Just before going to Copenhagen, China showed the world that it would not fool around with posturing, and unilaterally undertook to rein in emissions at a rate too rigorous for the West to attempt. In the new concept of scientific economic development, and in new efficient technologies, China has confidently leapfrogged the West.
China's 5,000 years of history has taught what depreciated resources means. Take the plains along the Yellow River, once the cradle of civilization founded on rich agriculture, which has almost turned into desert. When agronomist, Prof H. King, came to China early last century, he marveled at the evolved wisdom of farming, recycling, harmony of cropping, energy efficiency (Farmers for Forty Centuries, 1911). But it took another rocky century for China to find its way in the world of industry.
The first photograph of the Earth was taken from space in 1966, prompting Kenneth Boulding to pen a poignant essay, Spaceship Earth. He mused the finiteness of our resources, hurtling though a vacuum. It seemed the Industrial Revolution had run its time from the Old World to the New World and on to the Asian Tigers and the globe had hit the wall of choking in its own pollution.
Ironically, the 9.6 million-sq-km country of China with 1.3 billion people was not in the market at that time, finding its own way out of humiliation from Opium Wars, colonial bullying and Japanese invasion.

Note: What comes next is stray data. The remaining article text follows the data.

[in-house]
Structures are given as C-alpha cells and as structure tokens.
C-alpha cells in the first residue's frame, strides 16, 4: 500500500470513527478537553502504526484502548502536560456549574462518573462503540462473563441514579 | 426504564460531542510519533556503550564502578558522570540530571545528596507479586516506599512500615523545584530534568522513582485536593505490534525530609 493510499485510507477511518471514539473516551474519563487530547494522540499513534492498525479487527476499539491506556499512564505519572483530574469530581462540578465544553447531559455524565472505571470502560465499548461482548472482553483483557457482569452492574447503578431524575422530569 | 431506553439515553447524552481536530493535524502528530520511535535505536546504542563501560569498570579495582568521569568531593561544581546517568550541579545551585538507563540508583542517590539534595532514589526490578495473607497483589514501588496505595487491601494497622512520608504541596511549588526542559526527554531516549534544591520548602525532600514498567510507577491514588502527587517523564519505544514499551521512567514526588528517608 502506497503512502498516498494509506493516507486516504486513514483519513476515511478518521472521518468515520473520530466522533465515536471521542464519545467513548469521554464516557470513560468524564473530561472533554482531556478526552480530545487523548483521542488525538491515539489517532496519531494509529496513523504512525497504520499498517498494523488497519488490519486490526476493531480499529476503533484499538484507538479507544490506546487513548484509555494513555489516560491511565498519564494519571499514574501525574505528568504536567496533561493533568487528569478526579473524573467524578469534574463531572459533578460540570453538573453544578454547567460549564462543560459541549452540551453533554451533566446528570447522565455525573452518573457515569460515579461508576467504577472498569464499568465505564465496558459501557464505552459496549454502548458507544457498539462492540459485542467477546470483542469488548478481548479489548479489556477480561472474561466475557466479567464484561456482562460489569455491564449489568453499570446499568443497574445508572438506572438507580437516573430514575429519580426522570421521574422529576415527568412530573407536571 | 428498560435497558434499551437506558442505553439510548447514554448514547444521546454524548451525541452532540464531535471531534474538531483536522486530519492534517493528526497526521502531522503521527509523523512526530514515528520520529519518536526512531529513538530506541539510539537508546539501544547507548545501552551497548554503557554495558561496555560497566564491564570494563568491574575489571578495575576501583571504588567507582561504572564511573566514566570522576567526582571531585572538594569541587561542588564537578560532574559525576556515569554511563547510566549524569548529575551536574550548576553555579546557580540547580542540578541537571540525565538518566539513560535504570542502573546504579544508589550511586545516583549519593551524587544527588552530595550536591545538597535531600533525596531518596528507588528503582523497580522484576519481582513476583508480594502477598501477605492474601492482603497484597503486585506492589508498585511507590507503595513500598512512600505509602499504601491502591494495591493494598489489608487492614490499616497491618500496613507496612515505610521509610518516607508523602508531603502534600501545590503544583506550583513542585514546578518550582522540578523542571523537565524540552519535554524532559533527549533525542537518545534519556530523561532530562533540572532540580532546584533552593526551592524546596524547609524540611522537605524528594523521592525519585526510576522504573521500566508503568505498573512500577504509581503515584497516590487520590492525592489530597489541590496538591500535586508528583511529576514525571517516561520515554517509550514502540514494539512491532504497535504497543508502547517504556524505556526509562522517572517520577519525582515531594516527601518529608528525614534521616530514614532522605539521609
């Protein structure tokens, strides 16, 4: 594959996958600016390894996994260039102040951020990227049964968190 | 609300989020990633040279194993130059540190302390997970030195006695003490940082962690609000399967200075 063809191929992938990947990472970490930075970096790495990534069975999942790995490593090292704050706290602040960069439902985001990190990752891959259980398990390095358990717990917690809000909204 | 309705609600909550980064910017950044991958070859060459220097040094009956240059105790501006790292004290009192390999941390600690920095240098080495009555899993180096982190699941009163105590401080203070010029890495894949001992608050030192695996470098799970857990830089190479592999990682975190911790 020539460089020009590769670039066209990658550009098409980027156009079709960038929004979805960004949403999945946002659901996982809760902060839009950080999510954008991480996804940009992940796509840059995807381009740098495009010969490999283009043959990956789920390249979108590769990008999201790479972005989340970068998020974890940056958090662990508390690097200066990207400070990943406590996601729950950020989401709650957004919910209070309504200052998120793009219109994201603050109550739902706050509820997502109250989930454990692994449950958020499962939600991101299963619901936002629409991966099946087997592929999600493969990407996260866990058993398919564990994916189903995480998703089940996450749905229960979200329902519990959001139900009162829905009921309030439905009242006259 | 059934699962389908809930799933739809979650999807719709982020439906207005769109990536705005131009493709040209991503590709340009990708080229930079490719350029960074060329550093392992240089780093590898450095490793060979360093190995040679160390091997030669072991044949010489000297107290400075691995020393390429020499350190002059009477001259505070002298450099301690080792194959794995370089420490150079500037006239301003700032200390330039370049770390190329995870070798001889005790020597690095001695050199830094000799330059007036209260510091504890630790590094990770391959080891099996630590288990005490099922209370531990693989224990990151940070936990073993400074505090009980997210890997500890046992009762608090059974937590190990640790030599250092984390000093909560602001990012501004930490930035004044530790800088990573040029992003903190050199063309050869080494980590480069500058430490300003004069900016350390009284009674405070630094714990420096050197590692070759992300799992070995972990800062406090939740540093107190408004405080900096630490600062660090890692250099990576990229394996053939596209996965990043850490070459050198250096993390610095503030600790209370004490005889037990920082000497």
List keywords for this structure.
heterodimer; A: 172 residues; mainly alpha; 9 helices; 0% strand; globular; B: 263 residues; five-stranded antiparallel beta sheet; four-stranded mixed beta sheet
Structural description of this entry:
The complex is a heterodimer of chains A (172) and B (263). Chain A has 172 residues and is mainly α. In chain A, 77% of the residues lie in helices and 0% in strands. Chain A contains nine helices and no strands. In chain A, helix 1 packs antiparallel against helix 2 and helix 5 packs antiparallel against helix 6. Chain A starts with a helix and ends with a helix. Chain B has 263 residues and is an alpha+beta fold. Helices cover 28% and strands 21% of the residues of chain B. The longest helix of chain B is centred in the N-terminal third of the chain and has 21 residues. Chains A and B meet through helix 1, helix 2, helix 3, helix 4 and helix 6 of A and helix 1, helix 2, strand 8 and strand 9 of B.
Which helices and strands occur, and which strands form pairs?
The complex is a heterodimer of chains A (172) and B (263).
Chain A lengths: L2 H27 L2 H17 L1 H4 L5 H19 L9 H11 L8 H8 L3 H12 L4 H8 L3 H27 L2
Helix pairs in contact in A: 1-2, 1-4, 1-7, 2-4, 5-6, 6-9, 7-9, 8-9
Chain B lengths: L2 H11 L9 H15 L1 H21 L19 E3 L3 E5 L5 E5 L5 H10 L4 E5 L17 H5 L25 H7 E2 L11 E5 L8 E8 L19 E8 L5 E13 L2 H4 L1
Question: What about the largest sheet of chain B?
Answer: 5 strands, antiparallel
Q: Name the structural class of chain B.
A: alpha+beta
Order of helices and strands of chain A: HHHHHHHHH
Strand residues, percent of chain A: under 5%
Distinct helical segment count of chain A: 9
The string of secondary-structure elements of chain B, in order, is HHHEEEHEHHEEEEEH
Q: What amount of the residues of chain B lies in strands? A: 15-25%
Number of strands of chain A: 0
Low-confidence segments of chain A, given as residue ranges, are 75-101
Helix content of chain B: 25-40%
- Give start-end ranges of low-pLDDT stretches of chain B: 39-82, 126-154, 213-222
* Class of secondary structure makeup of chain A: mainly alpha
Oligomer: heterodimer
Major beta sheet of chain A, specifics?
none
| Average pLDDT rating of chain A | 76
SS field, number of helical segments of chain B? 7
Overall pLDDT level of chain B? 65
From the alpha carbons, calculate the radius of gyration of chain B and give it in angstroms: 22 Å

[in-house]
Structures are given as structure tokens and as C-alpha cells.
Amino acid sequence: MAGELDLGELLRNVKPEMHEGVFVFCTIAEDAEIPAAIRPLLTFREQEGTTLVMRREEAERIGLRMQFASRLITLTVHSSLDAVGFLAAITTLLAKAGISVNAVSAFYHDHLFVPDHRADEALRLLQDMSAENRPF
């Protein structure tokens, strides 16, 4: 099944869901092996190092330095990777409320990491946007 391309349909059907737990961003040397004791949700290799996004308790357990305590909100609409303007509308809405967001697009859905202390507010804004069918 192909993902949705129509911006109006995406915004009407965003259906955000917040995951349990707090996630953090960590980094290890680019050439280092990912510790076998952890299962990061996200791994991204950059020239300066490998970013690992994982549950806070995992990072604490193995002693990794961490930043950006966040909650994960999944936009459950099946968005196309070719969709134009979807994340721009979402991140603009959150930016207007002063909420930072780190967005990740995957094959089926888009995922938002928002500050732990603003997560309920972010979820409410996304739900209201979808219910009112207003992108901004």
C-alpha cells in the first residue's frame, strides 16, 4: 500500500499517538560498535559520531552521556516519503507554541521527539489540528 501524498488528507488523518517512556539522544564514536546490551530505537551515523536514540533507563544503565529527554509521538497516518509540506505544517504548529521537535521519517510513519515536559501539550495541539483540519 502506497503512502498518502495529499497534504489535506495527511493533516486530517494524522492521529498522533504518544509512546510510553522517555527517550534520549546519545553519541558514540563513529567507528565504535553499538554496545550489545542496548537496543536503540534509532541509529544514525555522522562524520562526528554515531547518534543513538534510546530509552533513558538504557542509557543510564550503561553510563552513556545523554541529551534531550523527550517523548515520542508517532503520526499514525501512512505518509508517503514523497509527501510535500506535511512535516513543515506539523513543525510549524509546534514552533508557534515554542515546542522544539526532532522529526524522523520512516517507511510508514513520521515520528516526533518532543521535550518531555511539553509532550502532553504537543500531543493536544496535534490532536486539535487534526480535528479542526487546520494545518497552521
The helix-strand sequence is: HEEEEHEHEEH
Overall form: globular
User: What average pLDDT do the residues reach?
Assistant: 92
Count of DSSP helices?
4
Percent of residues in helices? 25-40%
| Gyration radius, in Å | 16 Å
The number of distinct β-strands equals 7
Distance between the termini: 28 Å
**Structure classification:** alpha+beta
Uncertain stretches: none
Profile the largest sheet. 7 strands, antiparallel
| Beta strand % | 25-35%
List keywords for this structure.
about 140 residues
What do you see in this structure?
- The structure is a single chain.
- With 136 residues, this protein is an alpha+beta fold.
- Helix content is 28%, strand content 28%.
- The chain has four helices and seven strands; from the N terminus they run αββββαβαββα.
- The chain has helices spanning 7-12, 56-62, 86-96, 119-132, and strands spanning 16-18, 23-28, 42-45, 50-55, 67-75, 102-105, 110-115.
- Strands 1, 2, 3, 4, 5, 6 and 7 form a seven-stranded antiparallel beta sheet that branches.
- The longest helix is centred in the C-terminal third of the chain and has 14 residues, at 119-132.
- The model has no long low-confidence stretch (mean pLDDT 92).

Just when global industrial development seemed to have smothered itself, China opened up and took on the role of "sweatshop of the world" and for almost three decades absorbed all those downsides in order to rise out of poverty. In doing so it lived the Eagles lyrics of no new frontier and having to make it here. China was the first to throw off the old industrial development model, elevate its environment agency to full ministerial powers, unilaterally reduce emissions, and enthusiastically pioneer renewable energy. It now leads the world in wind and solar energy and biofuels.
The biosphere is hard to get your head around. Try this as a thought exercise: The Daoist twirl symbol, not as simple as depicted, but as an intertwined twirl within a three-dimensional onion peel, just from diameter 12,740 km to 12,760 km. This represents our biosphere where we fly high and drill deep. It is not thick as an onion peel, relatively, but the skin of an apple. That is a starting point for appreciating the swirls of basic compounds in fluid motion around our biosphere -- oxygen, carbon dioxide, water, and how they interact with soils, plants and animals.
Messing with those intricate cycles, burning about 18 billion tons of fossil fuels a year, is a cost we cannot afford.
The concept that people must harmonize with nature is not some novel fashion, but runs deep and eternal in Chinese philosophy. China preempted the weak accord at the Copenhagen conference with its own voluntary guarantees and will lead the world in a development model that does not try to conquer nature, and does not convey its wastes to other places, or borrow when it cannot pay back.
(China Daily December 23, 2009)